The First International World-Wide Web Conference was held in Geneva, Switzerland, May 25-28, 1994. For more background information, see the WWW '94 web page at CERN.
Arrival, meeting with folks at CERN
The keynote address was given by David Chaum from DigiCash. It was an incredible eye-opener. I'll summarize his talk with an excerpt from an article he wrote:
The growing amounts of information that different organizations collect about a person can be linked because all of them use the same key--tin the U.S. the social security number--to identify the individual in question. This identifier-based approach perforce trades off security against individual liberties. The more information that organizations have (whether the intent is to protect them from fraud or simply to target marketing efforts), the less privacy and control people retain.
Over the past eight years, my colleages and I at CWI (the Dutch nationally funded Center for Methematics and Computer Science in Amsterdam) have developed a new approach, based on fundamental theoretical and practical advances in cryptography, that makes this trade-off unnecessary. Transactions employing these techniques avoid the possiblity of fraud while maintaining the privacy of those who use them.David Chaum
Achieving Electronic Privacy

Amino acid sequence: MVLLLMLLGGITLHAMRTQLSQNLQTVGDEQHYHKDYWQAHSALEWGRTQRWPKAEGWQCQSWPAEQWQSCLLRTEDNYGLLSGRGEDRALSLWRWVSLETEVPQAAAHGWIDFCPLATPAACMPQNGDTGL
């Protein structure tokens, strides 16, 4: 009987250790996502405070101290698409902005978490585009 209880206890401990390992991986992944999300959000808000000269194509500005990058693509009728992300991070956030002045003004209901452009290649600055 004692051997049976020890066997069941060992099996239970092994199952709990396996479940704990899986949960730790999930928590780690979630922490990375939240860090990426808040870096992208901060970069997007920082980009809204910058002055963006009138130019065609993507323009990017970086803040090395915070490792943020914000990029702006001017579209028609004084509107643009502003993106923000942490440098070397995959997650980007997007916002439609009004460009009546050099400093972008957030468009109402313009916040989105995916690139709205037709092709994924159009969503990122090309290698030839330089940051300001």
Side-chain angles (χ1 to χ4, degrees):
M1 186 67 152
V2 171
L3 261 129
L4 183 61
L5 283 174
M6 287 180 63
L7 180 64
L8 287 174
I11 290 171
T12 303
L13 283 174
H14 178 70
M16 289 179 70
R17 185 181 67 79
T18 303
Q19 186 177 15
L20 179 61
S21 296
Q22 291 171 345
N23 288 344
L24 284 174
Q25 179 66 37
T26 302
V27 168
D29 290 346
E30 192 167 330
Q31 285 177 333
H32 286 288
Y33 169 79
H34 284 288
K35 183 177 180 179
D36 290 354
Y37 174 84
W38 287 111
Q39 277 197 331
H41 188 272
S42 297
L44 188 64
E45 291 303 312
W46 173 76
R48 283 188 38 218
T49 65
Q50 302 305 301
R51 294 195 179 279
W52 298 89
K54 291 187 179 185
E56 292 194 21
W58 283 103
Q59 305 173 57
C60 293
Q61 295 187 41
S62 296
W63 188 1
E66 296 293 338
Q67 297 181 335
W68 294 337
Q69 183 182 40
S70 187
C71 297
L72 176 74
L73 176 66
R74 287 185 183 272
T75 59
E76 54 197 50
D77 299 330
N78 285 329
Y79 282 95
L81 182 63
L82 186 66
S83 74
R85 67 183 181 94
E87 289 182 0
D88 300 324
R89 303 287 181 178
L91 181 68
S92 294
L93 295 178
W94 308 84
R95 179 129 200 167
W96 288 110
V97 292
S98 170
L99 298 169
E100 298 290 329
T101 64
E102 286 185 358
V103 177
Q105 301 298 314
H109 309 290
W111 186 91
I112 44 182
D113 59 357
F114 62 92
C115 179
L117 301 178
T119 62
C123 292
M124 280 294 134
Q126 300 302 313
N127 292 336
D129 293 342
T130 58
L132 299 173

Scientific American, August 1992, pp. 96-101
His remarks colored many discussions throughout the conference. In the closing plenary panel, it was largely agreed that the Web needs a sort of "Bill of Rights" to protect the rights of citizens in the developing digital age.
Mr. Harding had quite an impressive collection of graphs of statistical evidence to support the conclusion: The Web is big, and it's growing exponentially. Any data that were inconsistent with exponential growth could be attributed to phenomena such as server crashes, national holidays, etc.
With regard to Mosaic, he mentioned some collaboration between NCSA, Adobe, and other parties on an API for interactions between "applets" on the client side (i.e. desktop).
It was an interesting talk, and I don't have time to do it justice here, but I will include a list of issues from his slides:
Currently, links between nodes on the web are constructed by the author for the use of the reader, but they convey little information to the machine that would allow it to do automated indexing or searching, or to make inferences.
There has long been a notion of "typed links" in the web software architecture, but it has not been deployed in practice. Relatively modest applications of this concept include links that associate a stylesheet with a document, or links that aggregate several nodes in a collection for the purpose or printing the aggregate document.
The success of Mosaic has brought the capability to "surf" the web to a huge user community. But to this community, the web is largely read-only.